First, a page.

In his review of Joseph Tulchin’s new book, Latin American Foreign Policy: How Much Choice? Chris Sabatini says the author has written a much-needed nuanced, detailed history of foreign policymaking in the region, but ignores recent scholarship and younger scholars when discussing current affairs.
In the past decade, Latin America and the Caribbean’s importance in the international system has changed dramatically. A new book examines the constraints and opportunities for this new era of Latin American foreign policy—and implications for U.S. foreign policy.
The first step to fixing Brazil’s crisis will have to involve recognizing that the rot goes much deeper than it might seem. Brazil’s troubles began with the downturn in the global commodity markets, but the roots of the malaise trace much farther.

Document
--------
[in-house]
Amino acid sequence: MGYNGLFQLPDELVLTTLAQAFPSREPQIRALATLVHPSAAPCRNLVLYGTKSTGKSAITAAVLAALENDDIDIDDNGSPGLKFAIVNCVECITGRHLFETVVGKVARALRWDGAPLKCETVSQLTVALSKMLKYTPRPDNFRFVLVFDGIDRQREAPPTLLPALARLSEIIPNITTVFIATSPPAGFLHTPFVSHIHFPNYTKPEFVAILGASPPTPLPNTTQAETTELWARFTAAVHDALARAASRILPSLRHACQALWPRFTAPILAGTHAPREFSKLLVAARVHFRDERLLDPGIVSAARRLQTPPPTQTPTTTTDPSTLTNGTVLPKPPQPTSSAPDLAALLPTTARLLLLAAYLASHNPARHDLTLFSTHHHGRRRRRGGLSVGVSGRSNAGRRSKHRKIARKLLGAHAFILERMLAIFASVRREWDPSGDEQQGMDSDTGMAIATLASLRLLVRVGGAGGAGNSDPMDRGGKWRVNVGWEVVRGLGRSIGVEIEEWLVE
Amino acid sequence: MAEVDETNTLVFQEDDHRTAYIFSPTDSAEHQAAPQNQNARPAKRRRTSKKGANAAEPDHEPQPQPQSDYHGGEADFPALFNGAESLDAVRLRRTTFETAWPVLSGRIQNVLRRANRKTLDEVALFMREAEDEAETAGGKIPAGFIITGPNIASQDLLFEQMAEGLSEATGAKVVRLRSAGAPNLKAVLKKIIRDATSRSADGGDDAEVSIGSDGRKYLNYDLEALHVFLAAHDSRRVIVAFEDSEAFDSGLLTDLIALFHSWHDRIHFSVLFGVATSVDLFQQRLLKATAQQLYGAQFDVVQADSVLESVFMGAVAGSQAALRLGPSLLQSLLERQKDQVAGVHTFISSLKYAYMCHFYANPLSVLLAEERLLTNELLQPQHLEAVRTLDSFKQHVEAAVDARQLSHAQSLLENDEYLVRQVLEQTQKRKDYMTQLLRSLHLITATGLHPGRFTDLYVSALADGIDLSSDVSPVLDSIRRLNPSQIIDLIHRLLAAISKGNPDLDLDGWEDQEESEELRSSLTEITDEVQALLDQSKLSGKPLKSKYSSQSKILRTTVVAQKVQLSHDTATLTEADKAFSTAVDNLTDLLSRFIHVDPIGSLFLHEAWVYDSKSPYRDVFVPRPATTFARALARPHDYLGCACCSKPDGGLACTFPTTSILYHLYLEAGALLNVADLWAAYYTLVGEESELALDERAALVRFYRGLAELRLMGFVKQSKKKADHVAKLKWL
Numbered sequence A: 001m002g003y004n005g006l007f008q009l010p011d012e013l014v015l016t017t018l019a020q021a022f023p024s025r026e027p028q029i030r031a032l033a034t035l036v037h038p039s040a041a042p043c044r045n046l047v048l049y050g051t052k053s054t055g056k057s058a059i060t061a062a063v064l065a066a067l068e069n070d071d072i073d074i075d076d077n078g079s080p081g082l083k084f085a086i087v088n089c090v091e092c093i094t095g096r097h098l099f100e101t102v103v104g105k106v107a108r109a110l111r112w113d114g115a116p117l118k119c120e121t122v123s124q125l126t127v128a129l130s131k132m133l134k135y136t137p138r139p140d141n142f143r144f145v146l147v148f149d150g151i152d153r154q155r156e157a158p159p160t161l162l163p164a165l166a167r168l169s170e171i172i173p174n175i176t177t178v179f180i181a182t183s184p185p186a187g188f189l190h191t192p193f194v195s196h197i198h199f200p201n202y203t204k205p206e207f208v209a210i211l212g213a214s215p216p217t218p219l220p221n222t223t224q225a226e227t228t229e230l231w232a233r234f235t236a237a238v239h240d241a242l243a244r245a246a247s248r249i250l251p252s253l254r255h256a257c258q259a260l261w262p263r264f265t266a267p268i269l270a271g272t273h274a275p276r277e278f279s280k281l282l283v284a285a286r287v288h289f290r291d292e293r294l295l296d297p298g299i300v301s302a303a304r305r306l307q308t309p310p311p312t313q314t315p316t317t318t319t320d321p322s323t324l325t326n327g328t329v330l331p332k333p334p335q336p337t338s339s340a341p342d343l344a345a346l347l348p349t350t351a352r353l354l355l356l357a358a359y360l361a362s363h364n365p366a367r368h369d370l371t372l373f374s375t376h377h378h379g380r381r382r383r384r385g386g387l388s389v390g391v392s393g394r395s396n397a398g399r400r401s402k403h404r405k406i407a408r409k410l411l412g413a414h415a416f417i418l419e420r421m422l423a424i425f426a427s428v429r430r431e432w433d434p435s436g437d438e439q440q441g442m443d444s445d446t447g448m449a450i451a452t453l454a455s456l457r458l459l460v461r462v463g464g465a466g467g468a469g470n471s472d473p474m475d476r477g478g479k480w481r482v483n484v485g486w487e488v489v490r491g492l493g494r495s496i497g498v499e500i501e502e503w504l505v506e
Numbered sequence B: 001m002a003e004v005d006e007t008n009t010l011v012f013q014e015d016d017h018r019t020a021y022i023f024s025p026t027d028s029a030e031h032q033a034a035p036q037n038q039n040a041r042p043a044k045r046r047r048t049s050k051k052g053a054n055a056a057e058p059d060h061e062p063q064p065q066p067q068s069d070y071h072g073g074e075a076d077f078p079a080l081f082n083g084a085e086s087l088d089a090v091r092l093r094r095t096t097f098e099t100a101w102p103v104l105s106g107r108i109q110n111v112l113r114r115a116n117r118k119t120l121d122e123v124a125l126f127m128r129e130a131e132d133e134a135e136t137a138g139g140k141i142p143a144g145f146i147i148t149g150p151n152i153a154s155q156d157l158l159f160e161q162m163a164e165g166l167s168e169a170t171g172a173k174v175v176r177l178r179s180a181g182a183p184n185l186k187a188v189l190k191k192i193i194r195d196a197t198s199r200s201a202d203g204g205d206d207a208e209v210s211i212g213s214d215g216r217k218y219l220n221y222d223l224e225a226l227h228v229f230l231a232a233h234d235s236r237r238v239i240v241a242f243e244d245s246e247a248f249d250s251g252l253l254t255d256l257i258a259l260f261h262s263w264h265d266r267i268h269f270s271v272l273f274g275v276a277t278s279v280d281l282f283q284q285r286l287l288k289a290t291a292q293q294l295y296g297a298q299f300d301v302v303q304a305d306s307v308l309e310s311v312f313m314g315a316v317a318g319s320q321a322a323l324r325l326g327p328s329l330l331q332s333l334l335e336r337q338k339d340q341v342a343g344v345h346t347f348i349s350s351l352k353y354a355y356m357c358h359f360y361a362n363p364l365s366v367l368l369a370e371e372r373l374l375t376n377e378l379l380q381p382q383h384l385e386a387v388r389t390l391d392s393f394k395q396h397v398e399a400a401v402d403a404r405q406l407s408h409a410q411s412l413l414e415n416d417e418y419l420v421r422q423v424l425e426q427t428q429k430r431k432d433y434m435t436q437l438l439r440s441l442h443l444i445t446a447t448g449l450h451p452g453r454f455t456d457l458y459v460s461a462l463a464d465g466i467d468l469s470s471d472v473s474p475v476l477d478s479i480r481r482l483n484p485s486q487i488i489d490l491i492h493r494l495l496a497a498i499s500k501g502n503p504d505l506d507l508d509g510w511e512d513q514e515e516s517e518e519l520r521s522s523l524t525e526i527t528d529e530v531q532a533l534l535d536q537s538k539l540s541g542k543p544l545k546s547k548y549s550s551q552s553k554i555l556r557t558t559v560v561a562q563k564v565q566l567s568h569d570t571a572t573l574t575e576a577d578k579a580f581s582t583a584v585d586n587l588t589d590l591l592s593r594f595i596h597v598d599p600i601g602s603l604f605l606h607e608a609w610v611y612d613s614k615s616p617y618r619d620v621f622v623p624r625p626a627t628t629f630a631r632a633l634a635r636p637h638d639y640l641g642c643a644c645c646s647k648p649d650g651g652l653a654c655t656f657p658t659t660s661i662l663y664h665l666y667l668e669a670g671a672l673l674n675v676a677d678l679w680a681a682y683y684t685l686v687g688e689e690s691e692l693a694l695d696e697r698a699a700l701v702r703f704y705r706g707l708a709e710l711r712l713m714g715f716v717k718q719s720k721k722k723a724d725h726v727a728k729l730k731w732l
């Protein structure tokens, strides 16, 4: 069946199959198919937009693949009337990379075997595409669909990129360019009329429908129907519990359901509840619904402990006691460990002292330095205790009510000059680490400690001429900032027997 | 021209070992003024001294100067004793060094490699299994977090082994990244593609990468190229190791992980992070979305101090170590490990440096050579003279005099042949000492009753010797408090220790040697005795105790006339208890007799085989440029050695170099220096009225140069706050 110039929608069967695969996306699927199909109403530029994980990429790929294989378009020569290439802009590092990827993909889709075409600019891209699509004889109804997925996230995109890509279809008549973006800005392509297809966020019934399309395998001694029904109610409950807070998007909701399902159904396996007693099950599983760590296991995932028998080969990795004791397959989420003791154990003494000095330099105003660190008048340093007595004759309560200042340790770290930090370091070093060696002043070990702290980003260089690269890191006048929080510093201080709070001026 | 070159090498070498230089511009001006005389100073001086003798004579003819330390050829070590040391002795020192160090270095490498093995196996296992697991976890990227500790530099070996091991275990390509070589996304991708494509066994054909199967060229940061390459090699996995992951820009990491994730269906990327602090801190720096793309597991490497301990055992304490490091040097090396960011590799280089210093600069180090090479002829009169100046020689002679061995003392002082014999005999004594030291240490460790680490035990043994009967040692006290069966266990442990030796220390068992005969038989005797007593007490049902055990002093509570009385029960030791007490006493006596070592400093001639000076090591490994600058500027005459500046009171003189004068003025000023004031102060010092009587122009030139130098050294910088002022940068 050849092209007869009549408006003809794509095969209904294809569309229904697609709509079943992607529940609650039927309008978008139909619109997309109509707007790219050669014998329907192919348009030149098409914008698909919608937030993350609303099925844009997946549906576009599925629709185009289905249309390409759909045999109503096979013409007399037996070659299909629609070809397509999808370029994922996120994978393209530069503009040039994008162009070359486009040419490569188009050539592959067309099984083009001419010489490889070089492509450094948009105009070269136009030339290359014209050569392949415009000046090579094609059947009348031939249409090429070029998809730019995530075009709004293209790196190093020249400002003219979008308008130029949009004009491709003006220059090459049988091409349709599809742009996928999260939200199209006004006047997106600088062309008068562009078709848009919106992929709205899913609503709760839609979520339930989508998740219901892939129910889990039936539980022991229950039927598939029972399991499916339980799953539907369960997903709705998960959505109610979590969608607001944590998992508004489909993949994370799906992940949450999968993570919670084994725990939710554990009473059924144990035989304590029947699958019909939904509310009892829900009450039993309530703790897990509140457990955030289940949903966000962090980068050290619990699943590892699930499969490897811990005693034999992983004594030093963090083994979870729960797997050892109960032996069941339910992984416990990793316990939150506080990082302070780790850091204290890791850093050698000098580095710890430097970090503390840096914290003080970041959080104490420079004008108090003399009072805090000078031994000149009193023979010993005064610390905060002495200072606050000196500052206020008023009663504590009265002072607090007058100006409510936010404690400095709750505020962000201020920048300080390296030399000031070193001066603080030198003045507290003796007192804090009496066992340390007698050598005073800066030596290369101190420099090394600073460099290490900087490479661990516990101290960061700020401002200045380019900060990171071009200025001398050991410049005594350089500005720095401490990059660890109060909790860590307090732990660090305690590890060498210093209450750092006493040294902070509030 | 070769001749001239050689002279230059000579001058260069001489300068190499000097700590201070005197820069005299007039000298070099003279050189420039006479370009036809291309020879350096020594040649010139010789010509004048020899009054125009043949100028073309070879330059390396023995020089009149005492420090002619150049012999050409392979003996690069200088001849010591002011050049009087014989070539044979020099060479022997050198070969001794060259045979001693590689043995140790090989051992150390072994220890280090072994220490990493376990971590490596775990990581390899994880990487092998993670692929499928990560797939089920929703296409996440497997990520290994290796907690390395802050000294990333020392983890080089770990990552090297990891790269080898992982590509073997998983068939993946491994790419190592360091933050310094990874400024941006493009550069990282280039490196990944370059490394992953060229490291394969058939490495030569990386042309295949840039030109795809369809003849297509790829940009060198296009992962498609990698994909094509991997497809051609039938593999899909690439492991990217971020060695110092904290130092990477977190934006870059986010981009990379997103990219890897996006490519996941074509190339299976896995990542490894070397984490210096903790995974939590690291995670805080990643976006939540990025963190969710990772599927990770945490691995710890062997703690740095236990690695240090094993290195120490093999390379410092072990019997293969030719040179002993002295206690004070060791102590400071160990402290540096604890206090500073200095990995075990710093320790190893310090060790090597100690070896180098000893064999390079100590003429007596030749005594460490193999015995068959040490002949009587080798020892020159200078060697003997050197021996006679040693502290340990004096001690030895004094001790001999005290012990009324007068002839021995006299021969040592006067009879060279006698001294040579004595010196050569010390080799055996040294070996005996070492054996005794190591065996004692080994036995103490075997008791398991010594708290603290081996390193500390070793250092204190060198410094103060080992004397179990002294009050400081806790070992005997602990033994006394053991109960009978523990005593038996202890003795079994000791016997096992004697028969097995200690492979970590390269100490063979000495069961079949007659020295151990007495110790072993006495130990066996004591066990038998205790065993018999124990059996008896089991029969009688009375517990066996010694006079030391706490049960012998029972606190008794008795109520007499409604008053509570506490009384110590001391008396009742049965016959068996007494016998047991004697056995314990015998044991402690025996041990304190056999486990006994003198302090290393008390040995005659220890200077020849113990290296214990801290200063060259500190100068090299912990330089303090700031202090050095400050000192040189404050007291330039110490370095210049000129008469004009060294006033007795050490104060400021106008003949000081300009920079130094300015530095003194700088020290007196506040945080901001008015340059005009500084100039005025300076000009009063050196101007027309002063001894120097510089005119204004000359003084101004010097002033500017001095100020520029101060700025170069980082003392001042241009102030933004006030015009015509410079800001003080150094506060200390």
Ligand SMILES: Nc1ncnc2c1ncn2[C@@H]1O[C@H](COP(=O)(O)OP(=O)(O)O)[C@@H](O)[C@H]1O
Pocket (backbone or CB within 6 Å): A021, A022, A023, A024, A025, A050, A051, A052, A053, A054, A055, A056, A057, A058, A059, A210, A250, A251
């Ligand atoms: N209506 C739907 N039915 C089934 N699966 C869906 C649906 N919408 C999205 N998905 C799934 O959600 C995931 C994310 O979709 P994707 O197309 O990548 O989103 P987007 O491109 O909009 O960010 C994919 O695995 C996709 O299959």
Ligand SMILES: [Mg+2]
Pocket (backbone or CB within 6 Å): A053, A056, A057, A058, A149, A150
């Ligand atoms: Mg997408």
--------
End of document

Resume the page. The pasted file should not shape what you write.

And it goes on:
When we started this website, the idea was to begin a broad discussion of Latin America’s emerging foreign policy and its implications for inter-American relations, economic development and democracy and human rights. Here is the outline for a book chapter I’m working on on the topic of Latin America foreign policy—part of a larger book project by New York University and, later, my own book. Here I post the precis for comments. Any and all are welcome—in the spirit of the website and public debate. (Please forgive any typos.) The goal is to provoke discussion. Your comments will help.
The proposed Trans-Pacific Partnership is about far more than trade. It’s about creating a new international regime in the Pacific that will reinforce trade rules, smooth inter-state relations and promote international harmony with China.